May 7, 2009
I'm nothing if not competitive. . .so I thought I might share a bit of info with you! This year is the United Nation's "Year of Natural Fibres" and thus, they have a contest. Like working with natural fibers? Feeling Creative? Head over here and check out all of the categories they have and whip up something and submit it! Really, just do it. It's fun!
Take a peek at the sidebar. . .found a couple of gadgets today on my lunch hour. A calculator to have at hand as you start your calculations for the Salaam Along. Trust me, you'll appreciate having one at hand. I also added a counter to see if I actually have visitors. I was shocked when someone left a comment a couple of days ago. Who knew anyone was listening to me ramble?
But really, can you believe I've got three blog posts this week? I know you're thinking, "Who are you? and What have you done with Tanya?" And here's the real shocker. I have the next post already written. I'm just waiting to hear that someone--anyone--has finished their swatch and is ready for the next bit of info. Could that be you?
May 5, 2009
Time for Math
Usually, I leave the teaching of math to my Aunt--she's really the best math teacher I know, and considering I'm a high school teacher, that says something.
The original Shalom Cardigan has a 5 ridge garter stitch edging. To achieve a 25" circumference at 4 st/in I'll need to cast on 100 stitches and work rows 1-7 as written. (Neckline measurement x stitches per inch = cast on number)
Eventually, I'll need to increase my stitches to my largest measurement (arms and bust, for me that's 55"). That means I'll need to work to 55 x 4 or 220 stitches. These increases will happen at three places in my knitting, with the largest increase first, and more gradual increases as the yoke grows. In the original pattern, the approximate ratios are to increase about 40%, 30%, 30% in row 8, 20 and 32 respectively.
For most people, using the twisted rib called for in the pattern, these row numbers will work out just fine. If you have a particularly low bustline, or are tall, you may want to adjust this. To determine what row numbers you'll use to increase, you'll take your bodice length x rows per inch = total # of rows in the bodice. Subtract the garter edge (7 rows) and divide by 3 for the triple bodice. Here's what that looks like for me:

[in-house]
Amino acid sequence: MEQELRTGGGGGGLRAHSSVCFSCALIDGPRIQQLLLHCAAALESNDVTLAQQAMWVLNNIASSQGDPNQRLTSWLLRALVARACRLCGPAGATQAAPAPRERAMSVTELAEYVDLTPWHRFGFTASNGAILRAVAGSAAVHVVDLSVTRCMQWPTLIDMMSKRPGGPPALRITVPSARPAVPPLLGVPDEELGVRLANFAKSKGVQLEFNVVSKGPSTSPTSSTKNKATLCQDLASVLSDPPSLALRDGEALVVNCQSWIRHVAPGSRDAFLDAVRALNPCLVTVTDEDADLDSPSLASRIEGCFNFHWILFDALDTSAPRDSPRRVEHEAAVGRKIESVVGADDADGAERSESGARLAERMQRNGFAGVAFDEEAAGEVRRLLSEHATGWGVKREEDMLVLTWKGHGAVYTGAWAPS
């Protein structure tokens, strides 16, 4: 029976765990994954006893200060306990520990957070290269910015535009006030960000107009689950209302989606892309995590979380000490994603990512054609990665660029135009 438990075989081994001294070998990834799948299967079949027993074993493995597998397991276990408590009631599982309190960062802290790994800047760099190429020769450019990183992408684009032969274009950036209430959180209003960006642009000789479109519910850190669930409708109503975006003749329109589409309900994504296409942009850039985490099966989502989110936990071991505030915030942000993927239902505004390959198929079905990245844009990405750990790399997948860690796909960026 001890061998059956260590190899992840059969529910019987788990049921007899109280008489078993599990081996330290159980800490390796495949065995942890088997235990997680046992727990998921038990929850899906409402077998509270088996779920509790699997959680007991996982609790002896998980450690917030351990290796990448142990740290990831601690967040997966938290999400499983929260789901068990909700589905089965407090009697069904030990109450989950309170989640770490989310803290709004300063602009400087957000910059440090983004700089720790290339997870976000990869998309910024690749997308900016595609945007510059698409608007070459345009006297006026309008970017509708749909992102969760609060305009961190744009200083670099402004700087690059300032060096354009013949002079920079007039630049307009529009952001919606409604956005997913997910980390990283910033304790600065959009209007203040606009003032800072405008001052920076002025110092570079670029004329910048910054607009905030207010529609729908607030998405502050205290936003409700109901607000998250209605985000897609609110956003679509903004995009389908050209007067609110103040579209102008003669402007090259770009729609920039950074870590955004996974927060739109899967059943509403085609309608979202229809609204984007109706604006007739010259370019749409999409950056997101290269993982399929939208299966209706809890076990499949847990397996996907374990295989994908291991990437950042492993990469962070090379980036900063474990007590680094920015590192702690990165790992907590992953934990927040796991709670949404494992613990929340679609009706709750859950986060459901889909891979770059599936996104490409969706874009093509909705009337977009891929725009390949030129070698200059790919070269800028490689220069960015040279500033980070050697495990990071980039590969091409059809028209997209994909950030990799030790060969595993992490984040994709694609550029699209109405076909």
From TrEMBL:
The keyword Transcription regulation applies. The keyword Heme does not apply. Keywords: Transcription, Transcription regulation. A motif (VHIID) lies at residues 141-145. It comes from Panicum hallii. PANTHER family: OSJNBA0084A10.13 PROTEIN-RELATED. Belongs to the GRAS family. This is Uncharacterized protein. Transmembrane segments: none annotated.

9" x 4 rows per inch = 36 - 7 garter rows = 29 /3 = 10 ish rows between increases.
To find your stitch numbers to increase:
Largest # of stitches - Cast on stitches = Total increased stitches
Total increased stitches x .40 (for 40% or .30 for 30%) = how many stitches to increase
Depending on the pattern you're using in the yoke, you may need to add or subtract a couple of stitches to match your pattern repeat. In the Shalom Cardigan, it is a 1x1 twisted rib pattern, so you'd only need to add or subtract a stitch or two to keep on track. Should you want to add your own touch to the pattern, you'll need some more cipherin'.
I'll be using an 8 stich +2 repeat. . .increasing 48 stitches, 40 stitches and 32 stitches in my three repeats.
If you're using a lace pattern, don't forget to subtract 5 stitches on each side for the garter edge that you want to include!
The lace pattern I'm using is a 12 row repeat, and I'm tall. . .and honestly? I don't care about stopping the lace EXACTLY at my fullest bust point. Here's what I'm planning to knit:
Cast on 100 stitches
Work rows 1-7 as written
Increase to 148 stitches
Work rows 1-12 of my lace pattern
Knit 1 row
Increase to 188 stitches
Knit 1 row
Work rows 1-12 of my lace pattern
Knit 1 row
Increase to 220 stitches
Knit 1 row
Work rows 1-12 of my lace pattern
Knit 1 row
When I get close to the end of this section, I'll want to start trying on the sweater to make sure my armpits aren't too low. . .I'll post a picture when I get there! Drop me a note when you get there too!
I measured it in several places for two or three inches and calculated that my gauge is 4 stitches per inch. Elizabeth Zimmerman insists that we are absolutely honest with ourselves when we measure a gauge swatch--really, no cheating! Notice the pins in the fabric? I placed one pin at the edge of a stitch, laid my ruler on the swatch, and then placed a pin in the fabric two or three inches away. Then, the ruler is moved, and I count my stitches, and divide by the number of inches I've measured. Moving the ruler away from the measurement prevents you from cheating and sneaking a stitch to one side of your inch line or another.
I repeated the process for my row gauge. This may be an important step in your calculations for this sweater--don't leave it out!